Data ethics is currently at the forefront of debate in the media. Ethics relates to the moral problems of collecting data: recording, storing, sharing and the use of data. Data ethics is about using data in a way that users’ human rights are not violated, and using it in a fair way.
Over two quintillion new pieces of data are created every day, with companies using it to target them based upon how they live, websites they visit, where they travel and what they eat. The huge amount of data that is being analysed by companies is sometimes referred to as the data revolution. Some companies use this data to try to improve society and creative innovations such as using machines to research cancer and using data that is collected to develop smart cities.
There is a fine balance for data scientists between using data ethically and using it effectively. Whilst data must be stored and analysed in an appropriate manner, it must be analysed robustly in order to achieve the purpose of obtaining it in the first place. This is where some companies fail – for example, the NHS care.data program, which was closed in 2016. https://royalsocietypublishing.org/doi/full/10.1098/rsta.2016.0360 discusses this topic in depth.
Whilst most users are sceptical about creating data and how it will be used, there are some organisations that are using the data to improve society. Many users fear that by adding their data to databases used for analysis they will be bombarded with junk emails and telephone calls. As a result of this, the ideas of fairness, privacy and representation have evolved in the context of online activity. For example, some software designed for facial recognition fails to identify users with skin tones that are dark. Other more public issues have arisen with Facebook as an example: data was misused during elections. Cheltenham IT support can advise you on such matters: see https://reformit.co.uk/.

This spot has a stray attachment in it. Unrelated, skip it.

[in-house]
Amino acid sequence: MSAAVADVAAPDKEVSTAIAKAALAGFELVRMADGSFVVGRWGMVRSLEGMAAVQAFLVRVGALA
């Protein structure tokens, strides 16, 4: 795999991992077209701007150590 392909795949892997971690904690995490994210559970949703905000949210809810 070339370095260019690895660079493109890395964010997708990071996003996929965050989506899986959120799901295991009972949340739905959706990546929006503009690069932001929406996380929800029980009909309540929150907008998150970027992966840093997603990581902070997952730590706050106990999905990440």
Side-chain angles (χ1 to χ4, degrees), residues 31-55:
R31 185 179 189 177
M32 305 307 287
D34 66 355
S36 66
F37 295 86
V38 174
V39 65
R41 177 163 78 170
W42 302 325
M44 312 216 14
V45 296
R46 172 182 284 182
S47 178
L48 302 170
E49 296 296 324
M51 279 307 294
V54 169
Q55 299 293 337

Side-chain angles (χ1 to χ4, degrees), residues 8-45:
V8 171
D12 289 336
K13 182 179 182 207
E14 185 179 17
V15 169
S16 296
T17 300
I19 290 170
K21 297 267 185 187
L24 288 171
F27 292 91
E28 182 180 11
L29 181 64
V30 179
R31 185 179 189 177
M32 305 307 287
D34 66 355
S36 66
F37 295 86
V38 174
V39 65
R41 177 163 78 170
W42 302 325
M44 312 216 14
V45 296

Responsible Data Sharing
A code of practice for all data scientists has been suggested – all scientists should sign an agreed code of conduct to ensure they are acting ethically with the data they obtain. A number of volunteers within universities, local and national government agencies and other organisations worked together to develop the code. This is an ongoing process and has currently seen 75 versions drafted so far.